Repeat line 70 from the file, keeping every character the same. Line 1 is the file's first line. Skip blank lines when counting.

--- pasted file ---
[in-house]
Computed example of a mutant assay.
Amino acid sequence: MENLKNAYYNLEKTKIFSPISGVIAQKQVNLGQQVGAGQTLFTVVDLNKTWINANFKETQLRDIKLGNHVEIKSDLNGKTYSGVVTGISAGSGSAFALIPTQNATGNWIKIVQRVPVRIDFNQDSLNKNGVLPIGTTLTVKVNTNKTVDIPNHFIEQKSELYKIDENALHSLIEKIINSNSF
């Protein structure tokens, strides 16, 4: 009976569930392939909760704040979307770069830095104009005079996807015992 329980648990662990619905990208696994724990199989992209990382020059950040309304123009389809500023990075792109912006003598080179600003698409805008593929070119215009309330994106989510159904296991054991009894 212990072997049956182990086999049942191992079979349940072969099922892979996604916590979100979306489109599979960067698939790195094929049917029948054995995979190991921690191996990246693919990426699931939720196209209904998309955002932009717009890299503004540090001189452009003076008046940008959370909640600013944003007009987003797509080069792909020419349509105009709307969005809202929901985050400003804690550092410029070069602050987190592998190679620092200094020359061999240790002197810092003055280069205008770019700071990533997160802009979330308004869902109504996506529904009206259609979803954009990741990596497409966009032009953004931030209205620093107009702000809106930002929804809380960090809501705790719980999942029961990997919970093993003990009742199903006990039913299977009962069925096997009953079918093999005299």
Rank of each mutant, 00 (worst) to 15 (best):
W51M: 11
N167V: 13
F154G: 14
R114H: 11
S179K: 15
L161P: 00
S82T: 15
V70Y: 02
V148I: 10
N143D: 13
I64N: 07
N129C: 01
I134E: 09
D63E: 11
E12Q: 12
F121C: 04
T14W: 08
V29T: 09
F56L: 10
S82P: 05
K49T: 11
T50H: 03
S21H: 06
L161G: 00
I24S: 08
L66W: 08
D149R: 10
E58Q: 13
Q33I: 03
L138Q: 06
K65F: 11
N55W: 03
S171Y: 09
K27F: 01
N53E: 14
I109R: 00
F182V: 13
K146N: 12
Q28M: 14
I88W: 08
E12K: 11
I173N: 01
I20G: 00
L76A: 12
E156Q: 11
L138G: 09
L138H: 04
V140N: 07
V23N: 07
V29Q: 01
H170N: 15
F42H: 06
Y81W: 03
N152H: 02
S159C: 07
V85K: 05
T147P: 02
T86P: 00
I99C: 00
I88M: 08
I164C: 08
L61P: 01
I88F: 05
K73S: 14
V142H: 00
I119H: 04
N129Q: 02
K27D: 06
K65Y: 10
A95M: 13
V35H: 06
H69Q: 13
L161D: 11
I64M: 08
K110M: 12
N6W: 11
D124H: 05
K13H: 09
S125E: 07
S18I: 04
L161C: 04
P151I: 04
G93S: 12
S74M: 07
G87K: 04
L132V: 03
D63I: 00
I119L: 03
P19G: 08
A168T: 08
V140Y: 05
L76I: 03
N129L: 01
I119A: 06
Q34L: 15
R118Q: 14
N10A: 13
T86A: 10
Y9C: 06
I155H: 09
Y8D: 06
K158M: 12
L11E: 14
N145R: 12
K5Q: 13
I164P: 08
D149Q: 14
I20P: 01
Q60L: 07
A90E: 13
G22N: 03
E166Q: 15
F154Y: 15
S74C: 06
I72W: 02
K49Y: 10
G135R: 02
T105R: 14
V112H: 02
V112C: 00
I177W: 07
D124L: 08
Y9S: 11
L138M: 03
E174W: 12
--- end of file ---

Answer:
V142H: 00